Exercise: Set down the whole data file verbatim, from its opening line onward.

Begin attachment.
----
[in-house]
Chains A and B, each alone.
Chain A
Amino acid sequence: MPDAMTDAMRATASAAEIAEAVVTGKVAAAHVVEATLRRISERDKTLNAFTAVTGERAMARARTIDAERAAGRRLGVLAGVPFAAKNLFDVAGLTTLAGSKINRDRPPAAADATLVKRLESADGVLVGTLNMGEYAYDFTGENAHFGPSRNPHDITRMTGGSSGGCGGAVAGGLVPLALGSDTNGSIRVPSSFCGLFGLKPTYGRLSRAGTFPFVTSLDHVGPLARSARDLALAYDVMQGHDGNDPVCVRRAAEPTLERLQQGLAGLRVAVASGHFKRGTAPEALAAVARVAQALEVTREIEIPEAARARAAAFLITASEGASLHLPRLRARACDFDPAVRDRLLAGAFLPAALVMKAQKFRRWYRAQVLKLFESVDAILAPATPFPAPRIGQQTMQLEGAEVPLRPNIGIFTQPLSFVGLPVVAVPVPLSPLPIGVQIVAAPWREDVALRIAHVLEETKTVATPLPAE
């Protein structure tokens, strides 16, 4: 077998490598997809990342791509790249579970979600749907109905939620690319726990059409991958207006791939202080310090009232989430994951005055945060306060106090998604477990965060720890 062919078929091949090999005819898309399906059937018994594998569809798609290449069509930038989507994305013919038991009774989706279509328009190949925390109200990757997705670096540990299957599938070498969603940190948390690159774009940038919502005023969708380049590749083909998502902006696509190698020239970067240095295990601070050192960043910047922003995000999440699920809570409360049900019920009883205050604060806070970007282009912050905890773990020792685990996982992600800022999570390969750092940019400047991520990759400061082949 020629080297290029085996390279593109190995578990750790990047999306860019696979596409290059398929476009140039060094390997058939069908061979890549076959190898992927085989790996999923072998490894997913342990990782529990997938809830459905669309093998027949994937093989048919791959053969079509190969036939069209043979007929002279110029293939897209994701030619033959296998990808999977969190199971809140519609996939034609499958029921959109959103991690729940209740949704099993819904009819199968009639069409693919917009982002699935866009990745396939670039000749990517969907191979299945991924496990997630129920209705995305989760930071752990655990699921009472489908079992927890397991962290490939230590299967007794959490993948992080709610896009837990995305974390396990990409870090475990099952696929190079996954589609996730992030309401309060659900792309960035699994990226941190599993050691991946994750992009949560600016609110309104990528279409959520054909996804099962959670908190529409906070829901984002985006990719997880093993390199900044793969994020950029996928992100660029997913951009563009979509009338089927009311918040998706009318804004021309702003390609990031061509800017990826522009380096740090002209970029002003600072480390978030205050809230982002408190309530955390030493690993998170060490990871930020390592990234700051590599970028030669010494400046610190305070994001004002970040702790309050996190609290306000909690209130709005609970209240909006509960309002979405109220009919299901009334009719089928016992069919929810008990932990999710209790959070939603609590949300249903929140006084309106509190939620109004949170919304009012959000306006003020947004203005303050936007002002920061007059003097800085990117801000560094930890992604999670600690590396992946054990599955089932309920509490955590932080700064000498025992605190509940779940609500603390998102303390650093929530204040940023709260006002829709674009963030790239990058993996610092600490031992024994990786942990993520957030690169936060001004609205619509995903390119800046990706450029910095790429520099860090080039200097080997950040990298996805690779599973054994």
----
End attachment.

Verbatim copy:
[in-house]
Chains A and B, each alone.
Chain A
Amino acid sequence: MPDAMTDAMRATASAAEIAEAVVTGKVAAAHVVEATLRRISERDKTLNAFTAVTGERAMARARTIDAERAAGRRLGVLAGVPFAAKNLFDVAGLTTLAGSKINRDRPPAAADATLVKRLESADGVLVGTLNMGEYAYDFTGENAHFGPSRNPHDITRMTGGSSGGCGGAVAGGLVPLALGSDTNGSIRVPSSFCGLFGLKPTYGRLSRAGTFPFVTSLDHVGPLARSARDLALAYDVMQGHDGNDPVCVRRAAEPTLERLQQGLAGLRVAVASGHFKRGTAPEALAAVARVAQALEVTREIEIPEAARARAAAFLITASEGASLHLPRLRARACDFDPAVRDRLLAGAFLPAALVMKAQKFRRWYRAQVLKLFESVDAILAPATPFPAPRIGQQTMQLEGAEVPLRPNIGIFTQPLSFVGLPVVAVPVPLSPLPIGVQIVAAPWREDVALRIAHVLEETKTVATPLPAE
């Protein structure tokens, strides 16, 4: 077998490598997809990342791509790249579970979600749907109905939620690319726990059409991958207006791939202080310090009232989430994951005055945060306060106090998604477990965060720890 062919078929091949090999005819898309399906059937018994594998569809798609290449069509930038989507994305013919038991009774989706279509328009190949925390109200990757997705670096540990299957599938070498969603940190948390690159774009940038919502005023969708380049590749083909998502902006696509190698020239970067240095295990601070050192960043910047922003995000999440699920809570409360049900019920009883205050604060806070970007282009912050905890773990020792685990996982992600800022999570390969750092940019400047991520990759400061082949 020629080297290029085996390279593109190995578990750790990047999306860019696979596409290059398929476009140039060094390997058939069908061979890549076959190898992927085989790996999923072998490894997913342990990782529990997938809830459905669309093998027949994937093989048919791959053969079509190969036939069209043979007929002279110029293939897209994701030619033959296998990808999977969190199971809140519609996939034609499958029921959109959103991690729940209740949704099993819904009819199968009639069409693919917009982002699935866009990745396939670039000749990517969907191979299945991924496990997630129920209705995305989760930071752990655990699921009472489908079992927890397991962290490939230590299967007794959490993948992080709610896009837990995305974390396990990409870090475990099952696929190079996954589609996730992030309401309060659900792309960035699994990226941190599993050691991946994750992009949560600016609110309104990528279409959520054909996804099962959670908190529409906070829901984002985006990719997880093993390199900044793969994020950029996928992100660029997913951009563009979509009338089927009311918040998706009318804004021309702003390609990031061509800017990826522009380096740090002209970029002003600072480390978030205050809230982002408190309530955390030493690993998170060490990871930020390592990234700051590599970028030669010494400046610190305070994001004002970040702790309050996190609290306000909690209130709005609970209240909006509960309002979405109220009919299901009334009719089928016992069919929810008990932990999710209790959070939603609590949300249903929140006084309106509190939620109004949170919304009012959000306006003020947004203005303050936007002002920061007059003097800085990117801000560094930890992604999670600690590396992946054990599955089932309920509490955590932080700064000498025992605190509940779940609500603390998102303390650093929530204040940023709260006002829709674009963030790239990058993996610092600490031992024994990786942990993520957030690169936060001004609205619509995903390119800046990706450029910095790429520099860090080039200097080997950040990298996805690779599973054994």